Although Niall Murphy did respond with a point, any Wexford followers not already fearing the worst at that stage knew that it was curtains when Tipperary rattled the net once more in the 17th minute.

It came from a long Paddy Cadell free, with Seymour catching cleanly once more before picking out Jake Morris who fired the sliothar low and across James Lawlor's body into the far corner.

The fourth goal summed up the type of miserable afternoon Wexford were enduring. Morris knocked a free over the bar, but the play was called back as referee Cathal McAllister was allowing corner-back Eoin O'Leary to get some treatment for an injury.

When the Cork official gave the go-ahead for the action to resume, no doubt Wexford were expecting Morris to repeat the dose and take his point.

Instead, he clipped a short pass to his left, with Andrew Ormond gathering the ball at speed and hitting it with such power that a goal was guaranteed from the moment it left his stick (4-5 to 0-6).

Morris added a neat point under pressure, and the one bright retort from Wexford in a half to forget arrived in somewhat odd circumstances.

Referee McAllister had his hand raised to signify advantage for a foul on Niall Murphy, but the Ferns defender still managed to loft a high ball towards the edge of the square.

Seán Keane-Carroll touched it to the net, but the umpire on the green flag was very slow to react as he may have thought the whistle had sounded to bring the play back.

Wexford were more than happy to take the goal, and another Ross Banville free saw the gap narrowed to 4-6 to 1-7 by half-time.

Having said that, some of the misses near the end of the half summed up the general difficulties, with Conor Scallan striking the post while under no pressure, Cian Fitzhenry dropping an effort short, and Conall Clancy posting the seventh wide from an overall haul of eleven.

Chris Turner replaced Keane-Carroll at half-time and formed a two-man full-forward line with Seán O'Connor, but James Lawlor was picking the ball out of his net again after a mere 90 seconds.

Billy Seymour arrowed in a cross from the right that was controlled by Jerome Cahill, before he knocked it into the net with a deft touch (5-6 to 1-7).

Cahill and Morris piled on the agony with points, before a brace in reply from Banville frees came on either side of substitute Seán Hayes adding to the Tipperary haul.

Johnny Ryan blocked Eoin Murphy and embellished his good work with the next score, before a solo effort from Conall Clancy left Wexford trailing by 5-10 to 1-10.

After Conor Bowe and Banville (free) swapped points, Cahill was up to his goal-getting exploits once again in the 43rd minute.

Supreme ball-winner Seymour won another of his team's puck-outs and put the pass on a plate for the Kilruane lad, and he picked his spot in the far corner to make it 6-11 to 1-11.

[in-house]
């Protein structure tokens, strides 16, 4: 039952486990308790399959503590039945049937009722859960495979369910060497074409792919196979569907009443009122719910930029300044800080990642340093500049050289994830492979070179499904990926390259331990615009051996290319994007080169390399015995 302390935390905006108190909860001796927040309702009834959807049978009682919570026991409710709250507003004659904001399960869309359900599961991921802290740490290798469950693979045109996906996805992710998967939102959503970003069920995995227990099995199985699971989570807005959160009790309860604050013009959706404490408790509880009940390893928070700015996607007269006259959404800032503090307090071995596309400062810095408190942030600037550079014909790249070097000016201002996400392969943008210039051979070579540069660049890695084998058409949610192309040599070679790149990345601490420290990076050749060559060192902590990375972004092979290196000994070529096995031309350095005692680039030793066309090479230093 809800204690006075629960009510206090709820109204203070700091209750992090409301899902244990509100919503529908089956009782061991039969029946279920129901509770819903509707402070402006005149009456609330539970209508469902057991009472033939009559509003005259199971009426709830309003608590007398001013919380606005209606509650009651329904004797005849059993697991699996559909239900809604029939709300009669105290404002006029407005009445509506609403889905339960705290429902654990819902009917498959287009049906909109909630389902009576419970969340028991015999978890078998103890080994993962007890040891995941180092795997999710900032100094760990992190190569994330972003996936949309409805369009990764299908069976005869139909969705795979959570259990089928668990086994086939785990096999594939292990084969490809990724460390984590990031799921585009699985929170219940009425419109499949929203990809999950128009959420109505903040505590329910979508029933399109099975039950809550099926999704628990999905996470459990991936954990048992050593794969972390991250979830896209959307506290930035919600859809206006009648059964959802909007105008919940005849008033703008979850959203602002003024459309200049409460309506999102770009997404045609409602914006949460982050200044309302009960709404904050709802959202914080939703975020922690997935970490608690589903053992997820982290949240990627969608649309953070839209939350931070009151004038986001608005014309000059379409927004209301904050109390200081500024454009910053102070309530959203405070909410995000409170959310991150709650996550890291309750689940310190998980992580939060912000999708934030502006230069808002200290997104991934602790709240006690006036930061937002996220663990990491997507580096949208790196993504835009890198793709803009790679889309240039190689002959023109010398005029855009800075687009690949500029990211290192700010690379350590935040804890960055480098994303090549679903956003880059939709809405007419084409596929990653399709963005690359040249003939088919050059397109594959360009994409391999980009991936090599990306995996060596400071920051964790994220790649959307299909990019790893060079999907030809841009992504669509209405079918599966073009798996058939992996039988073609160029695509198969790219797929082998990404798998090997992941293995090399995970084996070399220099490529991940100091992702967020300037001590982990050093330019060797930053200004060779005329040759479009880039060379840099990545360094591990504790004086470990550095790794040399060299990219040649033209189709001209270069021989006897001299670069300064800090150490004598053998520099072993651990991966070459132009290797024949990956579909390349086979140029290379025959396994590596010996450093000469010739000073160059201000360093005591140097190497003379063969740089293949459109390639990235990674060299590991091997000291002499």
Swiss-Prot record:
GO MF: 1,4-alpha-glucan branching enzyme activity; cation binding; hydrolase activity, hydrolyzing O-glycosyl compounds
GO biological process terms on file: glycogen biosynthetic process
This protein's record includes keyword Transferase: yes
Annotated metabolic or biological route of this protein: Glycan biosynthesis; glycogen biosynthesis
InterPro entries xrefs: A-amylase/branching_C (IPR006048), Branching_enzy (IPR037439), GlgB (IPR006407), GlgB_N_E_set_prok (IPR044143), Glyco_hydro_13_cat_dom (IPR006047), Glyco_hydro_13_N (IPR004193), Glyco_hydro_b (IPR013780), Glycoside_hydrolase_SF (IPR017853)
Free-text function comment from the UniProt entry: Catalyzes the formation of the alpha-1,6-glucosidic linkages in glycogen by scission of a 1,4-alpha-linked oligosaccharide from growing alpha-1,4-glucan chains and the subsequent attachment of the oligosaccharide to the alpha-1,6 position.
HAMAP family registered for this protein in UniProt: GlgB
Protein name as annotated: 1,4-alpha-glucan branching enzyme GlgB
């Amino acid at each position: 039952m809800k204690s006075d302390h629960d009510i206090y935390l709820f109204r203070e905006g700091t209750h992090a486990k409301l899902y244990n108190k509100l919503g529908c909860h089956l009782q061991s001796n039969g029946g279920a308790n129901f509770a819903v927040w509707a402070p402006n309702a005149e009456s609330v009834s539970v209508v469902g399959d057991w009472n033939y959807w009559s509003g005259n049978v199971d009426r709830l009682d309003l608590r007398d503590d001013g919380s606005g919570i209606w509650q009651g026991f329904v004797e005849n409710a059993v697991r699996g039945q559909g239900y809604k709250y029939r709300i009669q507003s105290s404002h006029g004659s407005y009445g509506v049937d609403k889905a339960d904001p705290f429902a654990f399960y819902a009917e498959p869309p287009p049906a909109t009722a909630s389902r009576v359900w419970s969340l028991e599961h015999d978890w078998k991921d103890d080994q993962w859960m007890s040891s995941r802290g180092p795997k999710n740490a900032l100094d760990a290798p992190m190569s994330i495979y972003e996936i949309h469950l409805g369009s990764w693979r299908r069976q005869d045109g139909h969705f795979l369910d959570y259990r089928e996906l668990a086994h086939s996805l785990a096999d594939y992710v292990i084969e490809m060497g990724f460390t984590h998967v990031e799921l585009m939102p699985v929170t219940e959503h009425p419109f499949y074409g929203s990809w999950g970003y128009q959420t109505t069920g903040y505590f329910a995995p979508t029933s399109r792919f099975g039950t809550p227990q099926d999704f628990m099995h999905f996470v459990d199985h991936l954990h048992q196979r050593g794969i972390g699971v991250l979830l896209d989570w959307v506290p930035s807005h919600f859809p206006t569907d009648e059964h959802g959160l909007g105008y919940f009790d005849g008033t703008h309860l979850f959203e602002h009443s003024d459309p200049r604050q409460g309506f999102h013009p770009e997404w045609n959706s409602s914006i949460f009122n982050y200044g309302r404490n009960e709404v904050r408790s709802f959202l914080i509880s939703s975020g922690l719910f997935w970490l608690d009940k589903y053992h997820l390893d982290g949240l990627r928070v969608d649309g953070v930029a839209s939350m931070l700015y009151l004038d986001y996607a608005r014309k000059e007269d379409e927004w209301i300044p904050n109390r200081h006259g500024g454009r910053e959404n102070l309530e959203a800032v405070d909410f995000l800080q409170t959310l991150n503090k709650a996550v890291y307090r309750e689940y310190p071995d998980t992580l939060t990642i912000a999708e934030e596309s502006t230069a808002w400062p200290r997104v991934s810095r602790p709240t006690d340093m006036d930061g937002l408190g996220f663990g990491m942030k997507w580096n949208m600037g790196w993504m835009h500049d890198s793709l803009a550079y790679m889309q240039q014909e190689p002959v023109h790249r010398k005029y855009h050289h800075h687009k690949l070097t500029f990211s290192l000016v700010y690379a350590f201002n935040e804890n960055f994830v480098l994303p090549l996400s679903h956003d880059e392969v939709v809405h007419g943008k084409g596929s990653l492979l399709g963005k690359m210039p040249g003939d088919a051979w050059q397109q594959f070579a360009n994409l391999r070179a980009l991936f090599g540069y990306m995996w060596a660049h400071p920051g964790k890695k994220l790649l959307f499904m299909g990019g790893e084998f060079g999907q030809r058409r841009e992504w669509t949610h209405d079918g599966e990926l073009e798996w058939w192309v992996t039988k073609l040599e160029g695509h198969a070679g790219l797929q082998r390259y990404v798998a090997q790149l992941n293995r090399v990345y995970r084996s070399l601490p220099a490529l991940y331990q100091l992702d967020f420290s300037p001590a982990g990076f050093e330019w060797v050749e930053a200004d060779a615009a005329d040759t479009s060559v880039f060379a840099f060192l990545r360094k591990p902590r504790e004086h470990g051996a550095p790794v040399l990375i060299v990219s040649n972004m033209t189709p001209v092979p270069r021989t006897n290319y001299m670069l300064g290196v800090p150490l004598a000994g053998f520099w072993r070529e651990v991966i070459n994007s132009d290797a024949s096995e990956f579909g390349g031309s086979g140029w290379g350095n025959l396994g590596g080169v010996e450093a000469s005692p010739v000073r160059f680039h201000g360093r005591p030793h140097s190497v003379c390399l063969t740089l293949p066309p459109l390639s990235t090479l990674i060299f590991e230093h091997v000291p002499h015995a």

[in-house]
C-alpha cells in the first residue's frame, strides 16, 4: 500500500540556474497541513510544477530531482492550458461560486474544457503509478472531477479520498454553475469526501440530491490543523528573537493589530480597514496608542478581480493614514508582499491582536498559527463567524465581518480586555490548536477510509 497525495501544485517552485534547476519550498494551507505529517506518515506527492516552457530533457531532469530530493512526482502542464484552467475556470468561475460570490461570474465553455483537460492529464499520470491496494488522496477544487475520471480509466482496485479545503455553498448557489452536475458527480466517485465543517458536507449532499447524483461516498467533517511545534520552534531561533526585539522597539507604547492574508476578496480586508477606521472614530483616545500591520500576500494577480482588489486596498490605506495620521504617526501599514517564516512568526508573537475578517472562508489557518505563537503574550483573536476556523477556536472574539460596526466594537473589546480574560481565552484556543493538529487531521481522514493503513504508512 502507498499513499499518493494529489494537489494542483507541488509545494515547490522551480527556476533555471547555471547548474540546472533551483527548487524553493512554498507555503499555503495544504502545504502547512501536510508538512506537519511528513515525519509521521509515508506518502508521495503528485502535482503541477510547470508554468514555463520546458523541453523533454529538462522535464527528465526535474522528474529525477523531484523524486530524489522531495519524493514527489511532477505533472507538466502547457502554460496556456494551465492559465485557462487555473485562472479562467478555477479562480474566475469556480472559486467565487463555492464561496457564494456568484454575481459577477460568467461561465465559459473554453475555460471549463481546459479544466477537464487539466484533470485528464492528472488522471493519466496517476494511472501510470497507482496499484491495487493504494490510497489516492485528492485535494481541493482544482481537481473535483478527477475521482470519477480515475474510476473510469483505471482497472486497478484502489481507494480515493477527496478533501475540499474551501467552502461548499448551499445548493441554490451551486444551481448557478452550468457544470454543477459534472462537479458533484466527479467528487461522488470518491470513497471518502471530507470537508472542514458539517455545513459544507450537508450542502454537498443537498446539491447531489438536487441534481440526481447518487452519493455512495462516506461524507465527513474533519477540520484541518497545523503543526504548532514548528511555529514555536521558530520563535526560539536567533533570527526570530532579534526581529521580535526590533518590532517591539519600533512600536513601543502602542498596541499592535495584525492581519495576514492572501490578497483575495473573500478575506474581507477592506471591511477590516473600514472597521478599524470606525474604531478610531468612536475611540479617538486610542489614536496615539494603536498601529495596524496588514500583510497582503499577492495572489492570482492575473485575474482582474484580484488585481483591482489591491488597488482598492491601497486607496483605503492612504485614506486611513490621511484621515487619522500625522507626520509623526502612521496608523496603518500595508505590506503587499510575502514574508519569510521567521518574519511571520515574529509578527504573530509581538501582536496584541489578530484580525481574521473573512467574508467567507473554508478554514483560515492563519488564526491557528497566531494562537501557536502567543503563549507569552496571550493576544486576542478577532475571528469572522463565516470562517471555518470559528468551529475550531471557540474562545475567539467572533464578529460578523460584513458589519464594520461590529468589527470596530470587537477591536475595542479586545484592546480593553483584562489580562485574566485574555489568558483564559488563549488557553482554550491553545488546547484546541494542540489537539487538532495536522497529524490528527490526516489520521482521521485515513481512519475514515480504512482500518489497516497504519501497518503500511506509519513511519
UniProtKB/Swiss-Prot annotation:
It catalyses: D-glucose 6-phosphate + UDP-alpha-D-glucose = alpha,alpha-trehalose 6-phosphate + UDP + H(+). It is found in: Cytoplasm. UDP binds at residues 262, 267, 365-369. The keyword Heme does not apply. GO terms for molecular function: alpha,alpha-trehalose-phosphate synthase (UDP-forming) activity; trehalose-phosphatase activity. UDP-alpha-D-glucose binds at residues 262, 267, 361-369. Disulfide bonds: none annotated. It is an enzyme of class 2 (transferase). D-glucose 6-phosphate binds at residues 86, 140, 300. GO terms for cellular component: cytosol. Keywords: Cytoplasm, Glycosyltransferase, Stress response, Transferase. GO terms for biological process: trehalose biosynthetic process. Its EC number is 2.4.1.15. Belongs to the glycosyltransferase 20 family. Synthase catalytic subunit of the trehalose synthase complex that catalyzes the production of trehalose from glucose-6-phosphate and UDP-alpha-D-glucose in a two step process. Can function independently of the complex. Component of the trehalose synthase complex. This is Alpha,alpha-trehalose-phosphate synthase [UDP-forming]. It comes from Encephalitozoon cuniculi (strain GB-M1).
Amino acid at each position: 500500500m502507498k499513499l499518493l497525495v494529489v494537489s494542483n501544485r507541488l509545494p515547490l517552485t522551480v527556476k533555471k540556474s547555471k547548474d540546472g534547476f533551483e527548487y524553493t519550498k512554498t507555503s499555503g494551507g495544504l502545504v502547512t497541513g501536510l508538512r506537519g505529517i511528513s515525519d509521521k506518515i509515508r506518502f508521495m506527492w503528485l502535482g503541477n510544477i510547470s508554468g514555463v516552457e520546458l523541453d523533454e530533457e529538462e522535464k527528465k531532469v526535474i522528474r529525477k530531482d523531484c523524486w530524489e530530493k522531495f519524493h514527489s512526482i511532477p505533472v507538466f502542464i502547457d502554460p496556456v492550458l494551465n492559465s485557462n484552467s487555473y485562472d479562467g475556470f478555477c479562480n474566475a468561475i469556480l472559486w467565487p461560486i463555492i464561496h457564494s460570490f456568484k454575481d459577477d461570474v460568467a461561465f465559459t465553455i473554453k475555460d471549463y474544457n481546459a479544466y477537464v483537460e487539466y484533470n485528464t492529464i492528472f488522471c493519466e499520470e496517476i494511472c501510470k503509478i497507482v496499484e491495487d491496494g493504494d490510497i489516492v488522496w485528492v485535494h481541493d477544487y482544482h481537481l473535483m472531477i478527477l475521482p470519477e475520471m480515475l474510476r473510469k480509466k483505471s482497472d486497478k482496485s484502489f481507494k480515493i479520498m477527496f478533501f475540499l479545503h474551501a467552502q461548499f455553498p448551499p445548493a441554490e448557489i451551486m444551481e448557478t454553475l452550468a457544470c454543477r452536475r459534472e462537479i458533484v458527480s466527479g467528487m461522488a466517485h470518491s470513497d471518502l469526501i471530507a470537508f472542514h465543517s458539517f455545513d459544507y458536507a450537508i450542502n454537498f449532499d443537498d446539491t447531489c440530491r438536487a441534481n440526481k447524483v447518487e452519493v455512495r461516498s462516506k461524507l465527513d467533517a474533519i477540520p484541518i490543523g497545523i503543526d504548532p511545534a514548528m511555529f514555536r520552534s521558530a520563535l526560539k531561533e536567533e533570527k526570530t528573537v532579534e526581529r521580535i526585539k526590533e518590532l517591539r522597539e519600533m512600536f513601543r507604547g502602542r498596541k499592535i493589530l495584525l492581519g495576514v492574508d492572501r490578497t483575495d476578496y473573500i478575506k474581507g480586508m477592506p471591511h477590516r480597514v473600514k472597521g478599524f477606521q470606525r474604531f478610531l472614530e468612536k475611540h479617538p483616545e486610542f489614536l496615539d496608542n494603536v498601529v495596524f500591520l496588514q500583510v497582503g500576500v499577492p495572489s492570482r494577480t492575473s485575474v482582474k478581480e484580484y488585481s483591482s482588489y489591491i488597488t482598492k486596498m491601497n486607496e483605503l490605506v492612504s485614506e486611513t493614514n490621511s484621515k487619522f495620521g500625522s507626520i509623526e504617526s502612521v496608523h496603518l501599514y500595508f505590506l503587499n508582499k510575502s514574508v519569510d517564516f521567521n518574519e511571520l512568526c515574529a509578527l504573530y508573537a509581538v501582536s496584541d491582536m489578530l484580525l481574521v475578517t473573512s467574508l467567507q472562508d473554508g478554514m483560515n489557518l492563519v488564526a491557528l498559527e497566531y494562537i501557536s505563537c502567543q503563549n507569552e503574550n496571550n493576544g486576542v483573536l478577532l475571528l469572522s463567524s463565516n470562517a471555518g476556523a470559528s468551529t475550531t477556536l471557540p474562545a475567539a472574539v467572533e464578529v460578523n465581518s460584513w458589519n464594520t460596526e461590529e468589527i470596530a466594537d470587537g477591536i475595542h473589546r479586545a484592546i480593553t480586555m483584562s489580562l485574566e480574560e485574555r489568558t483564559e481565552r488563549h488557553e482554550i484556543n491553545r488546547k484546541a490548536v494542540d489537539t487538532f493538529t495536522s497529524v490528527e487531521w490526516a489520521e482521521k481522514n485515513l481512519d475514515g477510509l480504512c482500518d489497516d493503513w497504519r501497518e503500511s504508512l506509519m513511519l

Six quickly became seven, as substitute Seán Hayes controlled a Paddy Cadell clearance and soloed through before adding a composed finish.

Two Wexford points from substitutes Diarmuid Doyle and Chris Turner were merely of academic interest, and Tipperary hit back with three from Darragh Woods (two, one free) and Joe Fogarty before the last of Ross Banville's eight scores (7-14 to 1-14).

The winners' eighth goal arrived from a Craig Morgan clearance, with the unplayable Seymour grabbing it yet again and touching home the rebound after his initial attempt came back off the post.

Diarmuid Doyle's second point sandwiched late efforts from Bryan O'Mara and Conor Bowe, while Cian Fitzhenry (free) and Niall Murphy had goal attempts saved near the end.

Those three semi-final defeats in just seven days brought the inter-county campaign to a disappointing end, with the nature of this loss, in particular, proving that the hard work required to get Wexford back to the top is only starting.

Wexford: James Lawlor; Eoin O'Leary, Eoin Molloy, Cathal O'Connor; Niall Murphy (0-1), Mike Kelly, Conor Scallan; Jack Reck, Eoin Murphy; Cian Fitzhenry, Conall Clancy (0-1), Charlie McGuckin (capt.); Seán Keane-Carroll (1-0), Seán O'Connor (0-2), Ross Banville (0-8 frees). Subs. - Chris Turner (0-1) for Keane-Carroll (HT), Diarmuid Doyle (0-2) for S. O'Connor (41), Ben Maddock for E. Murphy (51), Ger Dempsey for Reck (53), James Byrne for Banville (58), also Kevin Cosgrave, Mick Cleere, Oran Carty, Ben Ronan.

Tipperary: Aaron Browne; Craig Morgan (capt.), Eoghan Connolly, Conor McCarthy; Paddy Cadell, Niall Heffernan, Bryan O'Mara (0-1); Ciarán Connolly, Johnny Ryan (0-1); Conor Bowe (0-2), Jerome Cahill (2-1), Gearóid O'Connor; Andrew Ormond (2-1), Jake Morris (1-5, 0-2 frees), Billy Seymour (2-1). Subs. - Seán Hayes (1-1) for O'Connor (30), Kian O'Kelly for Ormond (40), Joe Fogarty (0-1) for Morris (45), Darragh Woods (0-2, 1 free) for Cahill (49), Michael Purcell for McCarthy (52).

Referee: Cathal McAllister (Cork).

Gorey Guardian